Long weekend!!! Here's what you're doing.
Last year a group of food-loving Oakland friends, including the owner of One Ninety Seven Coffee roasters, created a weekly donation-based backyard brunch. Soon word spread, friends of friends wanted in, and a bigger backyard was commandeered. Rogue Café (3204 Ellis Street, Berkeley) now runs every Saturday from 10 am to 1 pm, serving items like sourdough waffles with coffee whipped cream and house-made sausage and arugula on an English muffin (not to mention One Ninety Seven coffee and espresso). It’s all prepped in a tiny shed of corrugated tin and glass, and the eating area is a jumble of mismatched patio furniture and a treehouse for VIPs. Perfect place to linger on a sunny East Bay morning. Facebook.com/RogueCafe — Jesse Hirsch
Police Teeth at Vitus
As album titles go, Awesomer Than the Devil, the name of the latest release from Seattle-Bellingham Police Teeth is not only, well, awesome, it's also a crystal-clear example of truth in advertising. Because this three-piece is, indeed, awesomer than the devil (whatever that means) as well as just about anything else it may be put up against, with a fearlessly loud psych- and pop- inflected post-punk sound that contains shades of Les SavyFav, Superchunk, and The Thermals, but better. In Seattle, these guys are as well known for their punishing riffs as they are for their tendency to force audiences to finish a fifth of whiskey before they'll start playing. Though you may come with liver and eardrums intact when they play Vitus (201 Broadway, Oakland) on Sunday, Feb. 19, you'll likely leave with neither. In an awesome way. 9 p.m., free. VitusOakland.com. — Ellen Cushing
Sharp, snappy dialogue and contemporary themes make Annie Baker's new play a refreshing addition to Aurora's 2012 calendar. Body Awareness was incubated through the company's Global Age Project, which promotes forward-thinking work from young playwrights. It's easy to see why the play ultimately earned a professional run. For one thing, it offers a serious, albeit humorous treatment of a lesbian relationship — which is progressive even by today's standards — and of Asperger's Syndrome, a disease that's new enough in the pop-culture domain to warrant its own definition in the program notes. Baker and director Joy Carlin constructed this production to be as fast-paced and riveting as a sitcom; the set design, by Kent Dorsey, is endlessly mutable, and many scenes wrap up with a punch line. Best of all is the acting. Amy Resnick plays the mordant feminist psychology professor Phyllis, Jeri Lynn Cohen is her somewhat guileless girlfriend, Patrick Russell is uncomfortably hilarious as the Asperger's-afflicted son, and Howard Swain steals the show as a smarmy traveling artist who comes in and tries to wreck everything. Through March 4 at Aurora Theatre (2081 Addison St., Berkeley). $30-$48. 510-843-4822 or AuroraTheatre.org. — Rachel Swan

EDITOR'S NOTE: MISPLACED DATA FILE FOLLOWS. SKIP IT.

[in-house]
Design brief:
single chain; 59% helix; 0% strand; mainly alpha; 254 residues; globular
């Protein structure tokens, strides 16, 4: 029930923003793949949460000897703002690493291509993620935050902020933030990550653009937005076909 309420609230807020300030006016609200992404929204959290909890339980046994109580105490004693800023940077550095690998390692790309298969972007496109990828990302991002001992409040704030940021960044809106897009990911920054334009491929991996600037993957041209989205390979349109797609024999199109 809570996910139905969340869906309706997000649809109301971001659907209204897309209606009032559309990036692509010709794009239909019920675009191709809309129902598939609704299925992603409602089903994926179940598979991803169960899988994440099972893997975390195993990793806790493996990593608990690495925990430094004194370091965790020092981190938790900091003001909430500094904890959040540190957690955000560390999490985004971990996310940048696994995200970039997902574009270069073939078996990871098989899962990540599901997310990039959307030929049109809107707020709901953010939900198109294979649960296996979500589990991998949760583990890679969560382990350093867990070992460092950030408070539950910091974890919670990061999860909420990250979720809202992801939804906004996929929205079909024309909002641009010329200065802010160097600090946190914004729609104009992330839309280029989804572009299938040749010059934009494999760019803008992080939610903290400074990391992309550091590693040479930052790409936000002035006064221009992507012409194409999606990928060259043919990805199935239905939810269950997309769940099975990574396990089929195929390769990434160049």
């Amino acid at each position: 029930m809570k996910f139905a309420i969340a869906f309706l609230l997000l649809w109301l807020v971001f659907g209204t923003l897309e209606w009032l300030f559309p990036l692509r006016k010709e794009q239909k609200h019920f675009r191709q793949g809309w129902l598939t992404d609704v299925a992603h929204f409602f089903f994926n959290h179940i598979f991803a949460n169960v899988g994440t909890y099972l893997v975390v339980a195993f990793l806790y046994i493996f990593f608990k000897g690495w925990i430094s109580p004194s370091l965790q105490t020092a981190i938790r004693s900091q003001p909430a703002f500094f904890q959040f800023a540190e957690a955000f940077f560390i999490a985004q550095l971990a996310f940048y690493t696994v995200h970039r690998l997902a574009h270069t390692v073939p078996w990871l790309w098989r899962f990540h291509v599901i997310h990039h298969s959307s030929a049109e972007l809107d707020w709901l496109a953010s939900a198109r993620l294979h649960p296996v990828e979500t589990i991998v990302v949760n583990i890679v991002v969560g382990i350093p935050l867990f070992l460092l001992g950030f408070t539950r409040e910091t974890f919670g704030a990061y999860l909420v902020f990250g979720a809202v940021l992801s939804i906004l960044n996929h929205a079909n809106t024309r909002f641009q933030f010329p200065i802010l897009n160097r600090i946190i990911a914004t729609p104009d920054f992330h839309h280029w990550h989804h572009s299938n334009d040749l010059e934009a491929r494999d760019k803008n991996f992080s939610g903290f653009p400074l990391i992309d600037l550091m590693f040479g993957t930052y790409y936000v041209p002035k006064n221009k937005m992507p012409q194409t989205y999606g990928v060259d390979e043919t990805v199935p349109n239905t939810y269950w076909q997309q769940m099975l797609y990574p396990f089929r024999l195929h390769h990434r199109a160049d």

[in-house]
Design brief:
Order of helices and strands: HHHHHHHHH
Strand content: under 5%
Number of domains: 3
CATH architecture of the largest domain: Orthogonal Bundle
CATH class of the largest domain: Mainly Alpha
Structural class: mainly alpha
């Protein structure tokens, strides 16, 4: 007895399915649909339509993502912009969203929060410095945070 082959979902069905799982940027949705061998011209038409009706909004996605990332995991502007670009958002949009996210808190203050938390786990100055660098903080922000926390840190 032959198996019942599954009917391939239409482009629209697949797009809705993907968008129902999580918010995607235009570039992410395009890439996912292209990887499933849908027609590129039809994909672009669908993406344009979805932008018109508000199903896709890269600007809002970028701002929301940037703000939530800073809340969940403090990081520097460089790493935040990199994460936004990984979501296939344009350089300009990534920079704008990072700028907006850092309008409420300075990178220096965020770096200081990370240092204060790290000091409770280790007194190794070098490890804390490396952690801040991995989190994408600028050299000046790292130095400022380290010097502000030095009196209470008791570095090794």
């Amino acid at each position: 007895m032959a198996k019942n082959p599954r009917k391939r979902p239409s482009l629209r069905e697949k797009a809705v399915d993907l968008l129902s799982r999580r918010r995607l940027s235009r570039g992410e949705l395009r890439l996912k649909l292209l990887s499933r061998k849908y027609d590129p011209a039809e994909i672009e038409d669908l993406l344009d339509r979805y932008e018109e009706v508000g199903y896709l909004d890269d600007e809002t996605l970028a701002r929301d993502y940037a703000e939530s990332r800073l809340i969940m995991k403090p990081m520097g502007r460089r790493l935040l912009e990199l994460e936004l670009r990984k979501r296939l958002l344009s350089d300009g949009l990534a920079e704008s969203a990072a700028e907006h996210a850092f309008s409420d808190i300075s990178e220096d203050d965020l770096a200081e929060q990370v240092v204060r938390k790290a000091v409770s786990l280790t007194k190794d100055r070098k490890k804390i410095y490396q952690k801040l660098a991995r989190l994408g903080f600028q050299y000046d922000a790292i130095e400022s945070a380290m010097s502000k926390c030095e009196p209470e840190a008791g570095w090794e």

Art Beat Bazaar
As if The Starry Plough (3101 Shattuck Ave., Berkeley) — the South Berkeley pub and restaurant known for its Irish beer and cider and traditional Irish dance and jam sessions — didn't already provide its patrons with enough craic(Gaelic for "fun"), the Plough has added a new event to its already robust schedule. The Art Beat Bazaar, presented by the new nonprofit Art Beat Foundation, is a monthly showcase of music, poetry, and arts and crafts. The premiere bazaar, on Sunday, Feb. 19, includes music by indie folk band Upstairs Downstairs, poetry and spoken word by Tom Galbraith, a pop-up indie craft sale, and more. Every third Sunday of the month. 3-7 p.m., free. 510-841-2082 or StarryPloughPub.com. — Cassie Harwood
Get your cheapskate on: This is how much we love you guys: Here are our searchable listings of every single free event happening in the East Bay this weekend.
Feed Us: Got any East Bay news, events, video, or miscellany we should know about? Holler at us at Ellen.Cushing@EastBayExpress.com.